Our study has demonstrated an independent association between microbiological characteristics including polymicrobial blood stream infections and mortality. The risk of death was in our study almost four times higher among patients with polymicrobial infection in their blood cultures. Similarly, it has previously been shown in a study of patients with clinical signs of sepsis identified by the SIRS criteria or with clinical indications of systemic infection, that patients with polymicrobial infections had a more than a two-fold risk of 90-day mortality [15]. These findings suggest that a more complex microbiological profile is associated with a worse prognosis.

The prevalence of Gram-positive bacteria was increased in the SOFA sepsis group. As a cause of sepsis, Gram-positive bacteria have increased in frequency over time, likely as a result of an increase in hospital-acquired infections and greater use of invasive procedures [1, 16]. Our finding of an increased number of patients with Gram-positive bacteria in a sepsis group, now defined by occurrence of organ failure, is in agreement with a study by Tulloch et al. [4]. They found a majority of Gram-positive isolates among patients identified with sepsis according to SIRS criteria and with 90% of the included patients having severe sepsis or septic shock. Although the estimate was imprecise, our results also suggest an increased risk of death among patients with Gram-positive pathogens in the blood cultures. In contrast to our finding, a meta-analysis of studies of patients with bloodstream infections showed that Gram-negative bacteraemia was associated with a higher mortality rate than infection with Gram-positive organisms [8]. Furthermore, they found Escherichia coli to be of lesser severity, our results support this finding.

Among specific microbes, we found that Staphylococcus aureus in blood cultures was independently associated with excess mortality. Unfortunately, we have no data in the present study on bacteria-related site of infection and resistance to antimicrobial agents. However, both methicillin-resistant and methicillin-sensitive Staphylococcus aureus have previously been shown to be independently associated with mortality in patients with bloodstream infections [7].

A large pool of several microorganisms was also independently associated with mortality in our study. The small number of positive blood cultures and the low prevalence of specific microorganisms in that group hinder further analyses of the impact of the group on mortality.

Besides our key-findings, we found a relatively large part (88%) of our blood cultures to be negative. In comparison, studies by Kumar et al. [17], Panday et al. [9], and Oliveira-Netto et al. [18] found 28–56% patients culture-negative among patients with sepsis or septic shock. A review performed by Angus et al. found blood cultures to be positive in only one third of severe sepsis cases [19].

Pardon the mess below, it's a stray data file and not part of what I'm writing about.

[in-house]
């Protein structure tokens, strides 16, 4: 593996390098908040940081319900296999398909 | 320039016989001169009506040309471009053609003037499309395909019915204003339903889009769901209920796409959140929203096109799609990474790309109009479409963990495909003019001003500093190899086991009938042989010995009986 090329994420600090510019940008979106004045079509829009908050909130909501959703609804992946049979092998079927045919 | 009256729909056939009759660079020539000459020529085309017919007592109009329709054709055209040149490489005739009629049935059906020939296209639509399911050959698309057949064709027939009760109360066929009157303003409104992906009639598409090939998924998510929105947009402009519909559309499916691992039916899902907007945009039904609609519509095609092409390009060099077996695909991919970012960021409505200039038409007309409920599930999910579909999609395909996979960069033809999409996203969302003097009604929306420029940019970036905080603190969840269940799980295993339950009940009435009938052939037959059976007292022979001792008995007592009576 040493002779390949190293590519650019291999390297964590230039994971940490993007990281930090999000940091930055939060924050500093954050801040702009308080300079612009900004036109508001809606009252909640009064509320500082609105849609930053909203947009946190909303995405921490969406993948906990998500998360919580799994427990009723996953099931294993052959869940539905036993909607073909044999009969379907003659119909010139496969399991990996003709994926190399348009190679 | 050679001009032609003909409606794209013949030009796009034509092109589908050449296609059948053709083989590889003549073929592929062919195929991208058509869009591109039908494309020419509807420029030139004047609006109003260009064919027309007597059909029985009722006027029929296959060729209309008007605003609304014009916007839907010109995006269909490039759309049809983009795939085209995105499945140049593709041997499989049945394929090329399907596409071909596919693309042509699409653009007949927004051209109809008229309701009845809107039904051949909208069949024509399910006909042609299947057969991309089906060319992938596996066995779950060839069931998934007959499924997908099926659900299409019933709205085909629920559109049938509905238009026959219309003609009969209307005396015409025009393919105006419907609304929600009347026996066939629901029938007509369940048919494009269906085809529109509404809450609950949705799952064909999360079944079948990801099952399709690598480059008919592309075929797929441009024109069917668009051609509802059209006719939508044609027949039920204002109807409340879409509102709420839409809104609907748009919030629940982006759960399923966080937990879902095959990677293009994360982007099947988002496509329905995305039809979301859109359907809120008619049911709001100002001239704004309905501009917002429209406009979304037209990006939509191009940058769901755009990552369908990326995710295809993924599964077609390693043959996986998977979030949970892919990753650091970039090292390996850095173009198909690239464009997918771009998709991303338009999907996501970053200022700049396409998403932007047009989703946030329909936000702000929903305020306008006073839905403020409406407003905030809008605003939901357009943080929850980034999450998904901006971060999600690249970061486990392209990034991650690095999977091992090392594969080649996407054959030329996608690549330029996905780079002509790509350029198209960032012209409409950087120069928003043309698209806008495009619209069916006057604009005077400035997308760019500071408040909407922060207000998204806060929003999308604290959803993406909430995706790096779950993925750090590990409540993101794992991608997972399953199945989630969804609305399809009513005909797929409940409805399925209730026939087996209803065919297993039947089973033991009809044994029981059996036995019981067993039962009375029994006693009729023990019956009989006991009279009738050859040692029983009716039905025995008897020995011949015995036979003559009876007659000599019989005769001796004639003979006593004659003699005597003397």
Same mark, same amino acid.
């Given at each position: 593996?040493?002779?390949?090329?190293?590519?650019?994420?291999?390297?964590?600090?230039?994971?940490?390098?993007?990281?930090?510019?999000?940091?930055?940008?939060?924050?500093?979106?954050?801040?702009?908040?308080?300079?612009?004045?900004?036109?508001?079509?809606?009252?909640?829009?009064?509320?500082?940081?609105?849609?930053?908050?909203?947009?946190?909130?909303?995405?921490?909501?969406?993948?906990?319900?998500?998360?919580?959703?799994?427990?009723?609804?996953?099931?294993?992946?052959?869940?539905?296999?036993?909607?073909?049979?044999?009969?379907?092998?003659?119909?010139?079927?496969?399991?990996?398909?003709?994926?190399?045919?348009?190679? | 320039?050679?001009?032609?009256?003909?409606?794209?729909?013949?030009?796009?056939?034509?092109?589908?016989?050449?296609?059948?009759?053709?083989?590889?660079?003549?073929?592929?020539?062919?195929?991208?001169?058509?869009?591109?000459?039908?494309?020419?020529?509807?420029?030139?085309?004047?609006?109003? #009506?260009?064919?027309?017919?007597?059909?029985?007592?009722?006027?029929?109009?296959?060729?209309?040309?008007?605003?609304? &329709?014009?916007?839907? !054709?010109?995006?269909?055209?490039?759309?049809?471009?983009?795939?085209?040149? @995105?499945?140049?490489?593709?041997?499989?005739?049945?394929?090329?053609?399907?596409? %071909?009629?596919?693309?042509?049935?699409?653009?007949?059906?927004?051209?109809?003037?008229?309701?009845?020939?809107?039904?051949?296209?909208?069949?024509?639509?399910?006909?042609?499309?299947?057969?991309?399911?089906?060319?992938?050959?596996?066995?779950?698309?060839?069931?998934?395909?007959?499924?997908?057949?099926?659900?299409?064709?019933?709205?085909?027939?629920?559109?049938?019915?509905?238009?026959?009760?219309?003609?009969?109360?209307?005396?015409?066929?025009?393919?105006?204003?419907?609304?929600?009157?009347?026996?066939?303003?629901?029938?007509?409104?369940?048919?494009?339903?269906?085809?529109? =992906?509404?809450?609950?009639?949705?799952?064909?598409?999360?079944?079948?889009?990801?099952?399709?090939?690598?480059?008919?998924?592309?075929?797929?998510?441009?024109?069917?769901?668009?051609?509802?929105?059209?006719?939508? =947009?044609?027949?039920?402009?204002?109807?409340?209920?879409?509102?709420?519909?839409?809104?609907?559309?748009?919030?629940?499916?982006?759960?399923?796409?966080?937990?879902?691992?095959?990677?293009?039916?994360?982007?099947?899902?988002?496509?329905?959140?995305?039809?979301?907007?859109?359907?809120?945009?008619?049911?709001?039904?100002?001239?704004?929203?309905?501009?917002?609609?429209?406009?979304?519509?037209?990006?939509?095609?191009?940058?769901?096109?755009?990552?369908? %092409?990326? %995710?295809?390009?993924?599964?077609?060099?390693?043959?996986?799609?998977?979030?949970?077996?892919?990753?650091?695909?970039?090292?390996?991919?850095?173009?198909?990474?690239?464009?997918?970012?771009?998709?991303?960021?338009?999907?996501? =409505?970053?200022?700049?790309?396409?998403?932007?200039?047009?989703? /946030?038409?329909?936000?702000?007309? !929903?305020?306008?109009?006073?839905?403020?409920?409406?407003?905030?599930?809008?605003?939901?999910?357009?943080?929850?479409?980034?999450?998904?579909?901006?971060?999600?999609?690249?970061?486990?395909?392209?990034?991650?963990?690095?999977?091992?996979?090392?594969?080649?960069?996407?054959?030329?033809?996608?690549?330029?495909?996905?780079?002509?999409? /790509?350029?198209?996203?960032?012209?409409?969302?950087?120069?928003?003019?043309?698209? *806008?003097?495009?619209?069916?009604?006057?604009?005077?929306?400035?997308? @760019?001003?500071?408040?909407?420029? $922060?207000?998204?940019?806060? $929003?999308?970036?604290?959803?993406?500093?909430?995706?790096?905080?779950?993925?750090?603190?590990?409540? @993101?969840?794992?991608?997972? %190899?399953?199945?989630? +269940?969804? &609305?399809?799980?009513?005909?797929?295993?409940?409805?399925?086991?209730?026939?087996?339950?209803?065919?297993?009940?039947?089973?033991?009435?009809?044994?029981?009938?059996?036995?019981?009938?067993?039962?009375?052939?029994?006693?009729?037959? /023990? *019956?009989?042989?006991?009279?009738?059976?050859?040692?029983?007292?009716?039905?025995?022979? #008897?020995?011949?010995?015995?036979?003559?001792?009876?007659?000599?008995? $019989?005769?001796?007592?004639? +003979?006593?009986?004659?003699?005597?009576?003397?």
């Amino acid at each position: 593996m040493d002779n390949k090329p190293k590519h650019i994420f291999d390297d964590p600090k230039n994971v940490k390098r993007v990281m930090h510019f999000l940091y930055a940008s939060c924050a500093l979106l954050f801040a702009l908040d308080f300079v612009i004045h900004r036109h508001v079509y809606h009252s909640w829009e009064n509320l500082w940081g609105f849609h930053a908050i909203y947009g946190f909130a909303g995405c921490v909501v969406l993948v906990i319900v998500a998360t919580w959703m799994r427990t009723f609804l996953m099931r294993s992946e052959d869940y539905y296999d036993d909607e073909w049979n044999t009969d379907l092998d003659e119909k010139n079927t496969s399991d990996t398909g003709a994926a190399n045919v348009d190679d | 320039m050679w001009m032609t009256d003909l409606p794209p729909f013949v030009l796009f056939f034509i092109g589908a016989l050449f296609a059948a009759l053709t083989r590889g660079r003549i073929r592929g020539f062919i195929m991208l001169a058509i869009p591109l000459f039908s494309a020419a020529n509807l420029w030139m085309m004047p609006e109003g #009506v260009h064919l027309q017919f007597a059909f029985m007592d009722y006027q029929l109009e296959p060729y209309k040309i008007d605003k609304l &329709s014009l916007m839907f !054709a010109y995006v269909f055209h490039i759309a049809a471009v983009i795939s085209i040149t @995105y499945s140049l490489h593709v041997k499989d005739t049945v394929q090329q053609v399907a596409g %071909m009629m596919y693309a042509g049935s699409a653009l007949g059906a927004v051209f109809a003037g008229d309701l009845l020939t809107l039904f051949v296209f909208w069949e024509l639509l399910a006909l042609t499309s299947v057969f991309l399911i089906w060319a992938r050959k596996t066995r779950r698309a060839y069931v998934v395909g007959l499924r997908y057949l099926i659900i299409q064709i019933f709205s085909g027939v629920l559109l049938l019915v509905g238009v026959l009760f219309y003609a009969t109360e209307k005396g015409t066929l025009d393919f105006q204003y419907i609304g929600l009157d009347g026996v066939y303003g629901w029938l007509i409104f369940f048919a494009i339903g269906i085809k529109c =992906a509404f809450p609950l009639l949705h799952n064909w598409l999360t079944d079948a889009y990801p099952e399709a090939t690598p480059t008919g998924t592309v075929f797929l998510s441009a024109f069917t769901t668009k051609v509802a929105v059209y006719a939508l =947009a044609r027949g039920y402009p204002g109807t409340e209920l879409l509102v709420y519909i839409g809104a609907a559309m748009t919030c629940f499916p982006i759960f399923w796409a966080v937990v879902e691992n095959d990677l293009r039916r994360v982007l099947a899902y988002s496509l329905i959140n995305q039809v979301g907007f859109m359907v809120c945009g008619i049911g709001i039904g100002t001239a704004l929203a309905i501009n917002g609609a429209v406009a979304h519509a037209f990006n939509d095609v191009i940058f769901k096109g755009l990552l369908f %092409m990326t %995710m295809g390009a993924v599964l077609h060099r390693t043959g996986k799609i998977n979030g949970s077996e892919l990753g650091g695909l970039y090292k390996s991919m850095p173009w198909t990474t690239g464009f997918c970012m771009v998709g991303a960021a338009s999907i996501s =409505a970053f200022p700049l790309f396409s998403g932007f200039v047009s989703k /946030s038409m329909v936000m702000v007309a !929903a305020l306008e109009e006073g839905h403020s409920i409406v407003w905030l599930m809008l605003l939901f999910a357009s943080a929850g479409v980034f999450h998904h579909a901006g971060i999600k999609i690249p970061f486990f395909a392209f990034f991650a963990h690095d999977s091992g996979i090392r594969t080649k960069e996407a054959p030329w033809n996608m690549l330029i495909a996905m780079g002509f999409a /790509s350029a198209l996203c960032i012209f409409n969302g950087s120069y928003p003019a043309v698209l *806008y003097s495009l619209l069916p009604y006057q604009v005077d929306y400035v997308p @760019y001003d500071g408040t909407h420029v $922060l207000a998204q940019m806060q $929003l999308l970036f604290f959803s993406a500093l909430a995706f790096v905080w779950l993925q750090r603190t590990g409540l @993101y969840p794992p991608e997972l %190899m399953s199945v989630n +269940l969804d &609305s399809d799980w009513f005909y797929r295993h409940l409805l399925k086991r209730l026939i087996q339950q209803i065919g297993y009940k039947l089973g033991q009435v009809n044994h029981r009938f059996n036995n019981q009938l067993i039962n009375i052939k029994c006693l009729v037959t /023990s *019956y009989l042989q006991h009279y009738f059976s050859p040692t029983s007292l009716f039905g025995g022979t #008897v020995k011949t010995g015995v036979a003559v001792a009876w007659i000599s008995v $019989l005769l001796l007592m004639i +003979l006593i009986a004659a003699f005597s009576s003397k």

Several factors can have led to this significantly higher amount of culture-negative results in our study. A total of 15.6% of the culture-negative patients received antibiotic treatment prior to drawing of blood cultures, this is known to increase the possibility of negative blood cultures [20, 21]. Studies have also shown that the amount of blood obtained for culturing has an influence on the number of false-negative and false-positive blood cultures. According to De Plato et al. [22], volume of blood is the most important parameter when detecting microorganisms in the bloodstream. They have recommended 30–40 ml of blood obtained in total, distributed into two aerobic and two anaerobic bottles. In our study, only two aerobic and one anaerobic bottle were used resulting in 24–30 ml blood obtained, in some cases, less than the recommended amount. This may partly explain the high rate of culture-negative sepsis in our patients.


Our study provides new knowledge about the microbiological characteristics in sepsis patients identified by the updated Sepsis-3 criteria. This knowledge can be used in the stratification of sepsis patients and to identification of patients at high risk of death. Although the final results of microbiological analyses are not available during the early admission period new laboratory techniques for rapid microbiological testing are under development. In this light, our findings can be helpful in identifying high-risk patients needing early and specific antimicrobial intervention to prevent serious outcomes.

Strengths and limitations

This study has several strengths. By use of a study design that ensured inclusion of all infected patients admitted to the ED during the study period and by use of national registries with complete follow-up for vital status, we have reduced the risk of selection bias. Our cohort includes patients from a uniform tax-supported health care system, which reduces the risk of referral bias. Further on, the identification of the sepsis patients was based on the updated Sepsis-3 criteria from 2016.